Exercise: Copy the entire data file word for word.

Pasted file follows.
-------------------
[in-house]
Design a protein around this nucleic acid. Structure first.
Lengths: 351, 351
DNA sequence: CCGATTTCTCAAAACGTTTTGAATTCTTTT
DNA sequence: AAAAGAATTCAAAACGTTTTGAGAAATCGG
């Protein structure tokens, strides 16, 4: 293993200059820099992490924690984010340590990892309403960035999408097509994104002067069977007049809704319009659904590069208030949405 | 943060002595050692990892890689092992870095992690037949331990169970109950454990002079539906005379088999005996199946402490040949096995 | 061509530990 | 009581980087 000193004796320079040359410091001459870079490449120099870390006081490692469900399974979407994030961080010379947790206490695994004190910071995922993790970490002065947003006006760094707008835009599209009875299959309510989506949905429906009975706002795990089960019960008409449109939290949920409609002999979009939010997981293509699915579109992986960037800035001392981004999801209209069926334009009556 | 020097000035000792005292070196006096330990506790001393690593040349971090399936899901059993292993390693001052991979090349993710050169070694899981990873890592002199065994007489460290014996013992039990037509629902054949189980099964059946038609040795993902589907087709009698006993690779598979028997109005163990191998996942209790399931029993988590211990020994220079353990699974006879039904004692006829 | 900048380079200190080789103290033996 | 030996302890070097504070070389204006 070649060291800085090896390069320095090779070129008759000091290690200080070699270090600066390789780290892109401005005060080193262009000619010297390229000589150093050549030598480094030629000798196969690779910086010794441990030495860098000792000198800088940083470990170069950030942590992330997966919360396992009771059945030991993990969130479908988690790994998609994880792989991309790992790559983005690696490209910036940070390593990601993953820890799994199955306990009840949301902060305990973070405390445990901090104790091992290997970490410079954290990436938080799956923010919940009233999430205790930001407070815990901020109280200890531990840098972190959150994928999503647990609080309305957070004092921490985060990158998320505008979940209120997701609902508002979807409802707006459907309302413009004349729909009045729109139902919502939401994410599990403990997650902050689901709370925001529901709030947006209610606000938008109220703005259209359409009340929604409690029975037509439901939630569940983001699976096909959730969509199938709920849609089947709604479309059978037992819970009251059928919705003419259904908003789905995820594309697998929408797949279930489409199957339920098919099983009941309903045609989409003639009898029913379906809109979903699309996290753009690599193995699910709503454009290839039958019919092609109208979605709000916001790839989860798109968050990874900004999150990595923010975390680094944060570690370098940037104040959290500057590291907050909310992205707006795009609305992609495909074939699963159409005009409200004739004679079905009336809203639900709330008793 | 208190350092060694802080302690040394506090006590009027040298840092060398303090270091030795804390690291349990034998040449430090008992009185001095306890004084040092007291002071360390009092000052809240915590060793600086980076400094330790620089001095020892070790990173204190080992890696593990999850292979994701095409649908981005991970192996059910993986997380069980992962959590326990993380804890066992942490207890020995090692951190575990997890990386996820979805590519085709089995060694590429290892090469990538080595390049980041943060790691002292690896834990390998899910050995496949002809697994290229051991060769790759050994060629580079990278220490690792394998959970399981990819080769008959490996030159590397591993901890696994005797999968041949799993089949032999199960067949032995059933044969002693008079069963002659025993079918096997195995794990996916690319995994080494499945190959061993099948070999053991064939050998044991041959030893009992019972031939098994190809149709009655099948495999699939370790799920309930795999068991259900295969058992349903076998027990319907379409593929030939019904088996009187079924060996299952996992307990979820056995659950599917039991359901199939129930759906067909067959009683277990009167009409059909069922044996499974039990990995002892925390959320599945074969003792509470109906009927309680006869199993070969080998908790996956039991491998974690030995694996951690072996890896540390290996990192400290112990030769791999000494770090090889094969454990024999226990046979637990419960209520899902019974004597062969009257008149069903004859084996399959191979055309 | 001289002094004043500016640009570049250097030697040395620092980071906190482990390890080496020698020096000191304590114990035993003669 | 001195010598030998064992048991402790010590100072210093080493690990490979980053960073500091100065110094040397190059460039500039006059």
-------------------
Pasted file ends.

[in-house]
Design a protein around this nucleic acid. Structure first.
Lengths: 351, 351
DNA sequence: CCGATTTCTCAAAACGTTTTGAATTCTTTT
DNA sequence: AAAAGAATTCAAAACGTTTTGAGAAATCGG
């Protein structure tokens, strides 16, 4: 293993200059820099992490924690984010340590990892309403960035999408097509994104002067069977007049809704319009659904590069208030949405 | 943060002595050692990892890689092992870095992690037949331990169970109950454990002079539906005379088999005996199946402490040949096995 | 061509530990 | 009581980087 000193004796320079040359410091001459870079490449120099870390006081490692469900399974979407994030961080010379947790206490695994004190910071995922993790970490002065947003006006760094707008835009599209009875299959309510989506949905429906009975706002795990089960019960008409449109939290949920409609002999979009939010997981293509699915579109992986960037800035001392981004999801209209069926334009009556 | 020097000035000792005292070196006096330990506790001393690593040349971090399936899901059993292993390693001052991979090349993710050169070694899981990873890592002199065994007489460290014996013992039990037509629902054949189980099964059946038609040795993902589907087709009698006993690779598979028997109005163990191998996942209790399931029993988590211990020994220079353990699974006879039904004692006829 | 900048380079200190080789103290033996 | 030996302890070097504070070389204006 070649060291800085090896390069320095090779070129008759000091290690200080070699270090600066390789780290892109401005005060080193262009000619010297390229000589150093050549030598480094030629000798196969690779910086010794441990030495860098000792000198800088940083470990170069950030942590992330997966919360396992009771059945030991993990969130479908988690790994998609994880792989991309790992790559983005690696490209910036940070390593990601993953820890799994199955306990009840949301902060305990973070405390445990901090104790091992290997970490410079954290990436938080799956923010919940009233999430205790930001407070815990901020109280200890531990840098972190959150994928999503647990609080309305957070004092921490985060990158998320505008979940209120997701609902508002979807409802707006459907309302413009004349729909009045729109139902919502939401994410599990403990997650902050689901709370925001529901709030947006209610606000938008109220703005259209359409009340929604409690029975037509439901939630569940983001699976096909959730969509199938709920849609089947709604479309059978037992819970009251059928919705003419259904908003789905995820594309697998929408797949279930489409199957339920098919099983009941309903045609989409003639009898029913379906809109979903699309996290753009690599193995699910709503454009290839039958019919092609109208979605709000916001790839989860798109968050990874900004999150990595923010975390680094944060570690370098940037104040959290500057590291907050909310992205707006795009609305992609495909074939699963159409005009409200004739004679079905009336809203639900709330008793 | 208190350092060694802080302690040394506090006590009027040298840092060398303090270091030795804390690291349990034998040449430090008992009185001095306890004084040092007291002071360390009092000052809240915590060793600086980076400094330790620089001095020892070790990173204190080992890696593990999850292979994701095409649908981005991970192996059910993986997380069980992962959590326990993380804890066992942490207890020995090692951190575990997890990386996820979805590519085709089995060694590429290892090469990538080595390049980041943060790691002292690896834990390998899910050995496949002809697994290229051991060769790759050994060629580079990278220490690792394998959970399981990819080769008959490996030159590397591993901890696994005797999968041949799993089949032999199960067949032995059933044969002693008079069963002659025993079918096997195995794990996916690319995994080494499945190959061993099948070999053991064939050998044991041959030893009992019972031939098994190809149709009655099948495999699939370790799920309930795999068991259900295969058992349903076998027990319907379409593929030939019904088996009187079924060996299952996992307990979820056995659950599917039991359901199939129930759906067909067959009683277990009167009409059909069922044996499974039990990995002892925390959320599945074969003792509470109906009927309680006869199993070969080998908790996956039991491998974690030995694996951690072996890896540390290996990192400290112990030769791999000494770090090889094969454990024999226990046979637990419960209520899902019974004597062969009257008149069903004859084996399959191979055309 | 001289002094004043500016640009570049250097030697040395620092980071906190482990390890080496020698020096000191304590114990035993003669 | 001195010598030998064992048991402790010590100072210093080493690990490979980053960073500091100065110094040397190059460039500039006059």